Moving Into An Upper-Level Storage Unit

By Molly Hammond, USstoragesearch.com

When most people think of a storage unit, they picture drive-up access (or at least a ground-level unit) because self storage units are often treated as additional garages. While it’s true that these units exist in huge numbers and are perfect for renters looking to store a vehicle, recreational equipment, or a whole house’s furnishings, there’s another unit option: upper-level units.

Why Upper-Level?

Tenants may opt for units with drive-up access because the opportunity to back a moving truck right up to the unit is incredibly convenient. However, first-floor units with drive-up access generally only come in the larger sizes, which could mean that you’re paying for space you won’t use if you’re only storing a few items. Opting for an upper-level unit ensures you only pay for room that you actually use.

Upper-level units are an efficient way to use space in a facility, so you’re more likely to see them in urban areas, which means that the extra security provided by these kinds of units is an important feature. Units above ground-level aren’t subjected to the same weather concerns as first-floor units, meaning there are fewer chances of damage by flooding.

Upper-level units are also less likely to have trouble with unwanted visitors (human or animal) since they’re more difficult to access, giving you peace of mind. Of course, you should always store at a facility where you feel comfortable—if you don’t feel like your belongings would be safe in the facility, that won’t change simply by going up a flight of stairs.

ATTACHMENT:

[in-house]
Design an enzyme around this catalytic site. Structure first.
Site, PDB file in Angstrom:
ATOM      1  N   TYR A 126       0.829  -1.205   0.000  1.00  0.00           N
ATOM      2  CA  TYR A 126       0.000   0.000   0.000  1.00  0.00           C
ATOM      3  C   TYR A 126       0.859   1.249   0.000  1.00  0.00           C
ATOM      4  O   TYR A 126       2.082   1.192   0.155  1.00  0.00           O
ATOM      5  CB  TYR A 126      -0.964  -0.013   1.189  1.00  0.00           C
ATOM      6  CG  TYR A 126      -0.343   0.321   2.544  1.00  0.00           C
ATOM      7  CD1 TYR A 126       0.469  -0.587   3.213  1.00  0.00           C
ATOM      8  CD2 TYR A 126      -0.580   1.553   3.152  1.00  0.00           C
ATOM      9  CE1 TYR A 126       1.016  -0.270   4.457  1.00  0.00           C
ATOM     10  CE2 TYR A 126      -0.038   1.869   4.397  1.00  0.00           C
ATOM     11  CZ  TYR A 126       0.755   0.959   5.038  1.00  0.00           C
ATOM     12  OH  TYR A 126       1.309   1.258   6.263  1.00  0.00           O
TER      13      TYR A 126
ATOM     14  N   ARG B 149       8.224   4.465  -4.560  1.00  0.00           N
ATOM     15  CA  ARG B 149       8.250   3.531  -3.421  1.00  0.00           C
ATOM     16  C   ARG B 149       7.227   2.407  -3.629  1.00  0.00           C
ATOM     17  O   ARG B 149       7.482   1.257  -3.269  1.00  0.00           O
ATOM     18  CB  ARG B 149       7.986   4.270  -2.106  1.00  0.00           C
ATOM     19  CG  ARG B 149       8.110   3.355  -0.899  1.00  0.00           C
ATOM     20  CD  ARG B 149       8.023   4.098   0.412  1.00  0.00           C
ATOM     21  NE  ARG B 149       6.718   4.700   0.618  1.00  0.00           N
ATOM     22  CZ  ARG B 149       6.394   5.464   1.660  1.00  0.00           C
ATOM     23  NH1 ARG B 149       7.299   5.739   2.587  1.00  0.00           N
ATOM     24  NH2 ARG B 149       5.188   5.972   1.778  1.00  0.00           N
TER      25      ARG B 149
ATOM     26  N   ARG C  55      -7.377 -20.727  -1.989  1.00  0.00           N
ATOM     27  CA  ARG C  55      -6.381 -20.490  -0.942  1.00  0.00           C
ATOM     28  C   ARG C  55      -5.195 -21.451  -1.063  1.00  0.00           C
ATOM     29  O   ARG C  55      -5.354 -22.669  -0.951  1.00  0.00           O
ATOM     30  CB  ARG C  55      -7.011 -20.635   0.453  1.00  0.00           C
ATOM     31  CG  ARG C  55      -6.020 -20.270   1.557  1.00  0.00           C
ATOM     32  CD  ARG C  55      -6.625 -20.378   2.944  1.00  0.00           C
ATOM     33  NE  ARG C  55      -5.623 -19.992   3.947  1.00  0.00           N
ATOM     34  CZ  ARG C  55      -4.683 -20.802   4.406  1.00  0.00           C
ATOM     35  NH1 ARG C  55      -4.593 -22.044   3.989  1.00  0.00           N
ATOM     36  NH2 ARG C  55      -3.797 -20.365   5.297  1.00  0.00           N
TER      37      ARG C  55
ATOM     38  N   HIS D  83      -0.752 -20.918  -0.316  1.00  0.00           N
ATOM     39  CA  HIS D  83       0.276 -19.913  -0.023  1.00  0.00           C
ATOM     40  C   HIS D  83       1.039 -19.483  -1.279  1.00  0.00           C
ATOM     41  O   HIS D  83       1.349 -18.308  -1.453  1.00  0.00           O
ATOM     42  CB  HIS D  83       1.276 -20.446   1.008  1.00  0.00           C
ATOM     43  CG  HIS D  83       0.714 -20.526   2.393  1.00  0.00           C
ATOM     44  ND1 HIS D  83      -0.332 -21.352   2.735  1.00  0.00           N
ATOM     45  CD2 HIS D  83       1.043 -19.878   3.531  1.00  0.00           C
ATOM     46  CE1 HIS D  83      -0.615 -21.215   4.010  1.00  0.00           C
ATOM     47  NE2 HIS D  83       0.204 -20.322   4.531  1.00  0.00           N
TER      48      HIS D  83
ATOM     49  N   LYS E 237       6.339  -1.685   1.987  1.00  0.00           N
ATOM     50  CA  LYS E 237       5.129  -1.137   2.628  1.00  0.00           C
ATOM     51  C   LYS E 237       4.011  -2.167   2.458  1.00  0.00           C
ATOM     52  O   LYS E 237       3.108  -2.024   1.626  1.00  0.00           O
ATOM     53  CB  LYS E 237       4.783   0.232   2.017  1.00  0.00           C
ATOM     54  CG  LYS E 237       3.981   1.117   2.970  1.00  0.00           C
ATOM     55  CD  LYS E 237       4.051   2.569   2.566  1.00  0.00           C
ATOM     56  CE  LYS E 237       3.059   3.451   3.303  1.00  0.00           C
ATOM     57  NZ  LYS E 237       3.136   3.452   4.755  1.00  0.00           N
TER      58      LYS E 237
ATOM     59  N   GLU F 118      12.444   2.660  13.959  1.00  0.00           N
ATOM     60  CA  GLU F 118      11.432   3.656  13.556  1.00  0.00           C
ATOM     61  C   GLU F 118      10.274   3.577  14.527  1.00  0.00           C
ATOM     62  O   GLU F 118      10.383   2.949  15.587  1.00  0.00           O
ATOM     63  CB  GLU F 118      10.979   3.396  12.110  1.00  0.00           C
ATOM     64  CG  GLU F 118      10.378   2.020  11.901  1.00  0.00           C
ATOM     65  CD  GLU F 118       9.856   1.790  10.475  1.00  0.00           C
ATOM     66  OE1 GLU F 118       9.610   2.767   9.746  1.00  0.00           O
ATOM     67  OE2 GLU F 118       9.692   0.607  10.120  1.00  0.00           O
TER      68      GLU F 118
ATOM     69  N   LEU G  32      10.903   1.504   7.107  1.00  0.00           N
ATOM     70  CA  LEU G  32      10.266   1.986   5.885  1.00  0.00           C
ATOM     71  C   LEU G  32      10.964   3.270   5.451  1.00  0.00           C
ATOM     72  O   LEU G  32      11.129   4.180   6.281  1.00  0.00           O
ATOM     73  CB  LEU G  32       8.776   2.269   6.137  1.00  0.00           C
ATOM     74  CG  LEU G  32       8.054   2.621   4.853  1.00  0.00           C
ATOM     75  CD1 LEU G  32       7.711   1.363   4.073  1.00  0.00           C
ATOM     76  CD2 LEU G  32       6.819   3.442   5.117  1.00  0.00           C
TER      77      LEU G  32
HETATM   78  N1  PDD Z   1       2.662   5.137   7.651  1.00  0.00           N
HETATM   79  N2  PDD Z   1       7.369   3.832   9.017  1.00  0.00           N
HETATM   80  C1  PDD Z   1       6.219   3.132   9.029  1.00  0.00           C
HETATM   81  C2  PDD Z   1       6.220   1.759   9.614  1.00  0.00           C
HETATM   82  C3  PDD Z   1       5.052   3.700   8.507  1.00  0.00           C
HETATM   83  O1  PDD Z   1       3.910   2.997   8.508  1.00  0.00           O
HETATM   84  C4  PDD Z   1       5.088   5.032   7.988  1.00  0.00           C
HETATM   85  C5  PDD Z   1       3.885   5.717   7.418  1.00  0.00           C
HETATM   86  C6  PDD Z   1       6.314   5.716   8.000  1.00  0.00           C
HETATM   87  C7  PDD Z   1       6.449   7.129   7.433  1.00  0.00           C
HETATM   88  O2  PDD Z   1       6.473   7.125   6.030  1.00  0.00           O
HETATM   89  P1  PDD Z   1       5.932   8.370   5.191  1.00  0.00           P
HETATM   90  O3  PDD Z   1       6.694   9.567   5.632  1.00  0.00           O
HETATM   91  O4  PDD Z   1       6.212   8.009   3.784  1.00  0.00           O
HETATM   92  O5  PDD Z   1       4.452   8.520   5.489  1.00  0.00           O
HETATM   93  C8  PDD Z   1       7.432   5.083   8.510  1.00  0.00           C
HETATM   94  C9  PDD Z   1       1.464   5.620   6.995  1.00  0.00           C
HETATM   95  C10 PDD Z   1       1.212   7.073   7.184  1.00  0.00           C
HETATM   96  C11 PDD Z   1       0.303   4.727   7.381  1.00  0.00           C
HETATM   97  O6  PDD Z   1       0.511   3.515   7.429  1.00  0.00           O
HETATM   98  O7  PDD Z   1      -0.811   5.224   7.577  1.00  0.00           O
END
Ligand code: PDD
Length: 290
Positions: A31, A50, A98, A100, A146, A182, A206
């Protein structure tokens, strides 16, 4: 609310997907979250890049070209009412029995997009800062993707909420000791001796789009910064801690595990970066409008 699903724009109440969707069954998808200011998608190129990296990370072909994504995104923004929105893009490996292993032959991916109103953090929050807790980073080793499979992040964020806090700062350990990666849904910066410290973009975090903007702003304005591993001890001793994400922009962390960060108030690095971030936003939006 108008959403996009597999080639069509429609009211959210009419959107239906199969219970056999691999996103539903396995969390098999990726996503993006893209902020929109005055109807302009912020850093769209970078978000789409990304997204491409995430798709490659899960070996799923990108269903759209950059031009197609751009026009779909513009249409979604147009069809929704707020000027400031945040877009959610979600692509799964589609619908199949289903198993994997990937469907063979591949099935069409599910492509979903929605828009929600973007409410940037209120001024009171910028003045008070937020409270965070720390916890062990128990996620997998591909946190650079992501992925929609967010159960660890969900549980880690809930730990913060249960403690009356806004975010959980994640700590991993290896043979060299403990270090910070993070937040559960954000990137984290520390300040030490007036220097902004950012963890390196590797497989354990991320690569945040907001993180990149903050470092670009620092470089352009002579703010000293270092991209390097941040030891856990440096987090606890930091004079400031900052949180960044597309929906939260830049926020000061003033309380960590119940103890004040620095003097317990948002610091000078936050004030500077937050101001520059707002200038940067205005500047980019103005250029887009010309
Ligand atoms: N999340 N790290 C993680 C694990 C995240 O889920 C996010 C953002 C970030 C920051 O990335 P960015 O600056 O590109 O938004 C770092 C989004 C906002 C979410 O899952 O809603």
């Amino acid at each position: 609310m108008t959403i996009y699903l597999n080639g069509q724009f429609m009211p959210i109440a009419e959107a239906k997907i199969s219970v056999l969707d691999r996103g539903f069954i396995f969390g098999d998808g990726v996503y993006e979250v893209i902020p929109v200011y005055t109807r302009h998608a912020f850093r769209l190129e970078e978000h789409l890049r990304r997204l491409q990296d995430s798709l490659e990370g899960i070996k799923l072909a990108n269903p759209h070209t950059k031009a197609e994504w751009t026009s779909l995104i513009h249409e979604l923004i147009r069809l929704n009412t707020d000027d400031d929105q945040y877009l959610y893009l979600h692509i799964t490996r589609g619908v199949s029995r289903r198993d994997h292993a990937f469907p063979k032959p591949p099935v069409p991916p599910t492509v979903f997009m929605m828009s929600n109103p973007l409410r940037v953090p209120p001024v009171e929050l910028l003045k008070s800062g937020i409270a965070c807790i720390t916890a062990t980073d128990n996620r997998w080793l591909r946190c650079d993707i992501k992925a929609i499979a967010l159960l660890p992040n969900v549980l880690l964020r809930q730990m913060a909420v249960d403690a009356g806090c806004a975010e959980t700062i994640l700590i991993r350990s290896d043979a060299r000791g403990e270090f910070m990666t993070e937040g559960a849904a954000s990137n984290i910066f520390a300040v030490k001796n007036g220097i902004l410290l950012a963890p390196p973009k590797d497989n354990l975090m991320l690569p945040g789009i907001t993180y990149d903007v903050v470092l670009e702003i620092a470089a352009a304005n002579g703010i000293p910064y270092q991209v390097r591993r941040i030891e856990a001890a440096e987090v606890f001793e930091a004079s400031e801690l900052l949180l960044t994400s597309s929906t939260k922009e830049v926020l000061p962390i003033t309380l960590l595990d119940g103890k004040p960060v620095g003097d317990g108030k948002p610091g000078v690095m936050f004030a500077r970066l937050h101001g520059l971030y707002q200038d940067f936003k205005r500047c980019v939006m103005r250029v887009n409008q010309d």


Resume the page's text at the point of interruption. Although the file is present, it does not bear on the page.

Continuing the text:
Assess the Amenities

Before committing to an upper-level unit, you’ll want to understand just how your move-in process will work. You should tour any facility before deciding to rent there. On your walk-through, be sure to note how far your unit is from the stairwell, or if the facility has an elevator. If you bank on the elevator, is it big enough to accommodate the things you intend to move?

If you aren’t able to do an in-person tour of the facility before renting, simply call the facility and ask the manager what kind of accommodations they have for upper-level tenants. If you’re picturing available dollies and freight elevators when all they have is steep stairs, you could be in trouble!

Don’t forget to look into the facility’s hours as well. Facilities with 24-hour access are perfect for moving in items at any time of day or night, but a facility with standard 9-5 hours could throw a wrench in your plans to get everything moved in without missing a day of work. You can make either scenario work for you; the key is to avoid surprises.

Think Ahead

Since it’s likely that your upper-level unit is on the smaller side, it’s important to keep organization in mind. Use pallets or portable shelving to create an orderly area inside your storage unit—this makes moving out or finding a specific item much easier on you later. Plastic bins are durable, and being able to see what’s where is a huge advantage to storing in a smaller space. Placing like items together in the unit or creating a list of what’s stored are other easy ways to keep chaos at bay.

Whether you’ll be moving boxes and bins up flights of stairs or taking the elevator, you’ll want to account for the size and weight of the items you need to get from point A to point B. Packing moving boxes to the brim with heavy items like books or shoes may save you space in the van, but they’ll be difficult to haul, stack, and can even break in transit. You may have to make a few more trips, but packing items in manageable quantities will be better for you and your stuff in the long run.

If you don’t need the space to store a whole house or a car, an upper-level unit can be the perfect way to save money and keep your things safe and easy to find.

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